A long-term tenant (although how long isn’t entirely clear) was the Albert French Restaurant, 42 East 11th Street, run by Joseph Brody from about 1946 to 1968. That year, Kwei Chu, who began working for Brody c.1960 and became head chef by 1965, took over the restaurant and ran it until May 31, 1971, when he closed it. According to Chu, after leaving the restaurant, Brody disappeared.
One account calls Brody a French refugee, while another calls him a Czech refugee. A source purportedly published in 1959 reads:
Joseph Brody, a French refugee, bought the ALBERT FRENCH RESTAURANT in 1946 and, reversing the usual trend, turned it into an American restaurant, specializing in steak. His slogan is “All the steak you can eat for $2.35 “
Brody was described as an eccentric:
Asked if it was true [in 1960] that he was a “wealthy and legendary eccentric,” as an aide had described him, Mr. Brody said, “I’m not wealthy, but I’m crazy.”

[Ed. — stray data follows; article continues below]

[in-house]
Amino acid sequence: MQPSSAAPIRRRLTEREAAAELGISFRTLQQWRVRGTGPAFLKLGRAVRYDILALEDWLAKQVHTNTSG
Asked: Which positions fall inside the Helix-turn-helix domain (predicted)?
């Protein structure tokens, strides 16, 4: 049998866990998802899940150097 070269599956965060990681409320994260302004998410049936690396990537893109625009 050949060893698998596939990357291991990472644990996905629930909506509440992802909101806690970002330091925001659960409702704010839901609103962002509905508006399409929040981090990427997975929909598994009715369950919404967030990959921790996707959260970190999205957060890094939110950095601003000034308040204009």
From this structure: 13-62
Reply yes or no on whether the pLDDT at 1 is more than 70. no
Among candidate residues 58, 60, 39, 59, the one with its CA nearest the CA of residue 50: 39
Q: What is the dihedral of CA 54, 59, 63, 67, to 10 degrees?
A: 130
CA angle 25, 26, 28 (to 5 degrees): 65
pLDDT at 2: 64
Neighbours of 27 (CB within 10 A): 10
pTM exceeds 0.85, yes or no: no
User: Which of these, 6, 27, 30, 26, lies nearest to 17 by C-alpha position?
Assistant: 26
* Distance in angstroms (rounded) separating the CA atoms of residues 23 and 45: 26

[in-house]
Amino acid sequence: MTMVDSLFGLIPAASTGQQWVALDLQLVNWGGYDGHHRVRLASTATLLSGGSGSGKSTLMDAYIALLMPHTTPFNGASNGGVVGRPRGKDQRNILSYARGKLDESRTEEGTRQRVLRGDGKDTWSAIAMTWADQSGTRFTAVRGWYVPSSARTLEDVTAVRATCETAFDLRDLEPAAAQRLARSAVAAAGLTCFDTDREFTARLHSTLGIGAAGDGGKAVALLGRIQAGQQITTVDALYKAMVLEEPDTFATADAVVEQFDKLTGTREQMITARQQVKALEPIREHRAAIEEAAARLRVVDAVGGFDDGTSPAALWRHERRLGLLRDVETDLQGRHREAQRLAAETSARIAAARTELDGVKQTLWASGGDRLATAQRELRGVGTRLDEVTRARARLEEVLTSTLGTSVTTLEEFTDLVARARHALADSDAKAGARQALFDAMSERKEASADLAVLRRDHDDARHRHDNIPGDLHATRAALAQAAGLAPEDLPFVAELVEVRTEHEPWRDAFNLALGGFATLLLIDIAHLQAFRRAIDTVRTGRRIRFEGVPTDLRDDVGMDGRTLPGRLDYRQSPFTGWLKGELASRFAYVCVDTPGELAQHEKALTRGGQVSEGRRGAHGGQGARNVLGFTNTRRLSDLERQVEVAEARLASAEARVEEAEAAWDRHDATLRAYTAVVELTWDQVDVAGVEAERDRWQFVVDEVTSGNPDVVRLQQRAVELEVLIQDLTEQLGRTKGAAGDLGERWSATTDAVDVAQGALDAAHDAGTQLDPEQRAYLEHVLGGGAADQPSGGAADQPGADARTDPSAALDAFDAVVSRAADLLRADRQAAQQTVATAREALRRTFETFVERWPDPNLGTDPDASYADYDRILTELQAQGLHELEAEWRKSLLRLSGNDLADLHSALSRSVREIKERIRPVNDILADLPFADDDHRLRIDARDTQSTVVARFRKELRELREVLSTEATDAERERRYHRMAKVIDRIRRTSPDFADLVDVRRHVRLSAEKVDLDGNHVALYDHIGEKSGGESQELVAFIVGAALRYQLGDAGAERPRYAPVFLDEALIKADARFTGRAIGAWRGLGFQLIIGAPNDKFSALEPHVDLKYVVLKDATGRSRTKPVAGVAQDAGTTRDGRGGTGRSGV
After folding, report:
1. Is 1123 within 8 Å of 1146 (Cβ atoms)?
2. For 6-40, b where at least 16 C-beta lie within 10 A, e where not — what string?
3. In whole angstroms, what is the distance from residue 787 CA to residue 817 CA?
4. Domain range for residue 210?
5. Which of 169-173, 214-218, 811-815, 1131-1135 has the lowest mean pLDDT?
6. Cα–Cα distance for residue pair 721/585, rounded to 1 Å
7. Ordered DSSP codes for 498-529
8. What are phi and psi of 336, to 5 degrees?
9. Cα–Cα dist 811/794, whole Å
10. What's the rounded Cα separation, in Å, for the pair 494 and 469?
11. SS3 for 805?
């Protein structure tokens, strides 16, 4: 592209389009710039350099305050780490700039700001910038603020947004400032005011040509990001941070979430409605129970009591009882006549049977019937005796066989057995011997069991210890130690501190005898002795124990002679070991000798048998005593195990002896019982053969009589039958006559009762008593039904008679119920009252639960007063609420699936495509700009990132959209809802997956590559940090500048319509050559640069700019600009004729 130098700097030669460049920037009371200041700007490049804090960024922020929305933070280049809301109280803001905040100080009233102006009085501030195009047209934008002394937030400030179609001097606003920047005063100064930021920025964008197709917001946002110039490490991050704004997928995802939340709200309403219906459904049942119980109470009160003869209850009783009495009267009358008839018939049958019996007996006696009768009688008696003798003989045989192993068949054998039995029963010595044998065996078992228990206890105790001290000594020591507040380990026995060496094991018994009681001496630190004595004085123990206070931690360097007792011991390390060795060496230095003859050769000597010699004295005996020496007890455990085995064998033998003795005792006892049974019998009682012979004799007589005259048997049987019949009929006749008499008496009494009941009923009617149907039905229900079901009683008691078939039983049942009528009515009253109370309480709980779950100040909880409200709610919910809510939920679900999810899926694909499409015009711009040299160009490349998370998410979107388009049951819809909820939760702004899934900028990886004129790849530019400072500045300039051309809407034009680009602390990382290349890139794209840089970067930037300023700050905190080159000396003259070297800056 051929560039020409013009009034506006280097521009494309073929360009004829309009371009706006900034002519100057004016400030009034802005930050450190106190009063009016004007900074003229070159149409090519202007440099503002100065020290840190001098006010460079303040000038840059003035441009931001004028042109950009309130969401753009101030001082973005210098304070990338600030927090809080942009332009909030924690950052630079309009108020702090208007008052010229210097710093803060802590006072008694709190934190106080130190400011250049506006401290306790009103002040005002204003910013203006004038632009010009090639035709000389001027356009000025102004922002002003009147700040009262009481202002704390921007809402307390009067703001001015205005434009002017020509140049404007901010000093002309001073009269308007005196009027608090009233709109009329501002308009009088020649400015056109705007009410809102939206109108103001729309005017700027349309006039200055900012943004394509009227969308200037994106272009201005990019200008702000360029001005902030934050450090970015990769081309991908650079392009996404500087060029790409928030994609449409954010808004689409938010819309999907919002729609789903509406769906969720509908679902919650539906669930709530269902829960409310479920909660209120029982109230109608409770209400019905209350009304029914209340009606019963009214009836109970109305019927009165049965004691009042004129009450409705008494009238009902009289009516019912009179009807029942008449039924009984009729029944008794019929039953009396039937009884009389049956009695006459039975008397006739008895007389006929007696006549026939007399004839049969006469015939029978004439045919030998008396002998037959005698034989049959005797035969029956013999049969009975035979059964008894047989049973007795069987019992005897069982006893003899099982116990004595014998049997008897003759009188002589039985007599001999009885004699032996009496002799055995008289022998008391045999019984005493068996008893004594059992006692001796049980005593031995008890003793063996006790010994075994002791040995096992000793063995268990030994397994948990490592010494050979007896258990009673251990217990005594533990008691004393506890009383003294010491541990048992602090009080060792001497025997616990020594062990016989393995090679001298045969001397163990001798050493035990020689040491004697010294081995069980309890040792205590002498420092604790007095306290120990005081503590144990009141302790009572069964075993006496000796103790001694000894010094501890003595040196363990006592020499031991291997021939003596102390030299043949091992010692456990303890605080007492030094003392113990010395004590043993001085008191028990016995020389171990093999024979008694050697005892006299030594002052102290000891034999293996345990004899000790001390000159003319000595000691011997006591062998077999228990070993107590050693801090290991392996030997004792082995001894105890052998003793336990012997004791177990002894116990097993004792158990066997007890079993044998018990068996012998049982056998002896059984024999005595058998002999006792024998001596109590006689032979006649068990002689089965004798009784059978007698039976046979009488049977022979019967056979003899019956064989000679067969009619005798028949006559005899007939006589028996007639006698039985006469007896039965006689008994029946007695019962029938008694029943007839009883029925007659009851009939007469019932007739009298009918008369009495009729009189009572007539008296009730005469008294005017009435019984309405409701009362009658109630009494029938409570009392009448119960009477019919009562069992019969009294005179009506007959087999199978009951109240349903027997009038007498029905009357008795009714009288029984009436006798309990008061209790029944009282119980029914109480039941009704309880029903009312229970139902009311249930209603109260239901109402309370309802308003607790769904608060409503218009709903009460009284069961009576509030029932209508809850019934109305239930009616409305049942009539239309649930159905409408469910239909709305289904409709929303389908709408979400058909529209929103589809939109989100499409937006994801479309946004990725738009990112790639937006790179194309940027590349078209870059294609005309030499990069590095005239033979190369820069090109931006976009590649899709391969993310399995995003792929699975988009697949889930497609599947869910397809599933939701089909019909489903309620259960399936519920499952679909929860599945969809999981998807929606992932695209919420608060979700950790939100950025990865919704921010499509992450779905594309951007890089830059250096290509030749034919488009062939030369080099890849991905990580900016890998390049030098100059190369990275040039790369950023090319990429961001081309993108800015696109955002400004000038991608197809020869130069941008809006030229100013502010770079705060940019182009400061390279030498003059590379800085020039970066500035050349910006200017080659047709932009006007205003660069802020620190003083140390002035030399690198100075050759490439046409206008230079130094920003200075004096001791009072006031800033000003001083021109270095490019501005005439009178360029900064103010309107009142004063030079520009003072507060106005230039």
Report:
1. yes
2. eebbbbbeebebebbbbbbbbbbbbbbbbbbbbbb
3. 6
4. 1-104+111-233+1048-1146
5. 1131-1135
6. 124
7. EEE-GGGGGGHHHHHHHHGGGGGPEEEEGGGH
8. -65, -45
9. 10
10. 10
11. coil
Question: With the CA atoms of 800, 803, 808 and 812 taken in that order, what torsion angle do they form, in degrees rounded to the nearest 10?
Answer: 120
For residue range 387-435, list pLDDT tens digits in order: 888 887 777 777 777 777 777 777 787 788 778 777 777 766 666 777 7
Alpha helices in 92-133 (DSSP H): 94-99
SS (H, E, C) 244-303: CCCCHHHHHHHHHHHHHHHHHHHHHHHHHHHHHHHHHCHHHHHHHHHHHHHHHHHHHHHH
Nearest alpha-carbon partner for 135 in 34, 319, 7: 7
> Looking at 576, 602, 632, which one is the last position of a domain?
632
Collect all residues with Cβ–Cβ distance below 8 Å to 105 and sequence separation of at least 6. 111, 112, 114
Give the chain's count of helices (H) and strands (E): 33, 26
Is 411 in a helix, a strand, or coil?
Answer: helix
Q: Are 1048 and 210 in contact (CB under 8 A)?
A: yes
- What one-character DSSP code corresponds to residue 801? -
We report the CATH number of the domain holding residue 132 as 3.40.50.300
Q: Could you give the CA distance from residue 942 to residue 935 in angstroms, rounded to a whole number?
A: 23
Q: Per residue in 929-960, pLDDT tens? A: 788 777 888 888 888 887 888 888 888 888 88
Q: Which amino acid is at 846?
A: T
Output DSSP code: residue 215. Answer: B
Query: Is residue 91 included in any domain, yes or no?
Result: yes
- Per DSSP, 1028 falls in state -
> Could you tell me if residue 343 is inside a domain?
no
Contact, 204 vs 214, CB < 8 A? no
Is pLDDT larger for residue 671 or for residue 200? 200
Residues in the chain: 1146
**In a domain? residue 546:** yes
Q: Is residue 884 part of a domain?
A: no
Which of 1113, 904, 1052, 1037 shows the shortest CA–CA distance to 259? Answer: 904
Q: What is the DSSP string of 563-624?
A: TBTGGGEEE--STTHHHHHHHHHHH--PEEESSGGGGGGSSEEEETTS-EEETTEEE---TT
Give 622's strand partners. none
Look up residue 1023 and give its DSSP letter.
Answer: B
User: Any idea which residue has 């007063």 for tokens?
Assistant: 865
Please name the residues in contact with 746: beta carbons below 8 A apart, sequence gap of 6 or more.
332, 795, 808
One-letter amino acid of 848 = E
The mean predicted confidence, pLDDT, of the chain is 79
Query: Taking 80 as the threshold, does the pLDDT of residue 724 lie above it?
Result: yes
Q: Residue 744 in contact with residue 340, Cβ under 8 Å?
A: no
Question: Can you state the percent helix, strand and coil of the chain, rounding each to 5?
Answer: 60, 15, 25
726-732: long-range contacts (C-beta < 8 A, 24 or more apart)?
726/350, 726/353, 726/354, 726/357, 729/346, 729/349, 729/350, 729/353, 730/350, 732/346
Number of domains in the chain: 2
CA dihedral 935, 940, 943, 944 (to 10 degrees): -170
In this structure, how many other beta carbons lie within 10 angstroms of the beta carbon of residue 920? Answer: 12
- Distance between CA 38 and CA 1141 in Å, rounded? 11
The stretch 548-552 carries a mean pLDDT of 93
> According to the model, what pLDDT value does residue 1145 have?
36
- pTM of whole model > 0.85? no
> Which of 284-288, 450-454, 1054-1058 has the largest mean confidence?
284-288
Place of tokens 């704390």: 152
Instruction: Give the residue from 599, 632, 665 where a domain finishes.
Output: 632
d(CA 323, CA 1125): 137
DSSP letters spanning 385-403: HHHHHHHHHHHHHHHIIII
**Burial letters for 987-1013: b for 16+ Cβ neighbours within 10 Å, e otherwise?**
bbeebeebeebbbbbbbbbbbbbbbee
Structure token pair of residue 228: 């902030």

In 1967 he placed this ad in the New York Times:
- willing to make available his services for $15,000. Will instruct in restaurant management, buying, advertising, PR and Finances
BY APPOINTMENT ONLY
GENIUS IN RESIDENCE
ALBERT FRENCH RESTAURANT
42 East 11th Street, New York, N.Y.
Phone: GR 3-7775
Brody was famous for having seven press agents (see below), who saw that items about his restaurant got into many newspapers. According to one story in 1958:
Joe Brady [sic] of Albert’s French Restaurant reports he was buying some records at a music shop when he heard a Frenchman’s voice protest: “But certainly zere is such a song. Eet is very populaire. Everybody knows eet!”
The clerk turned toward Brady helplessly. “This fella’s asking for an album called Off the Icing - and there’s no such recording!”
Well, between the three of them, the mystery was soon untangled. The album the Frenchman wanted was - Of Thee I Sing.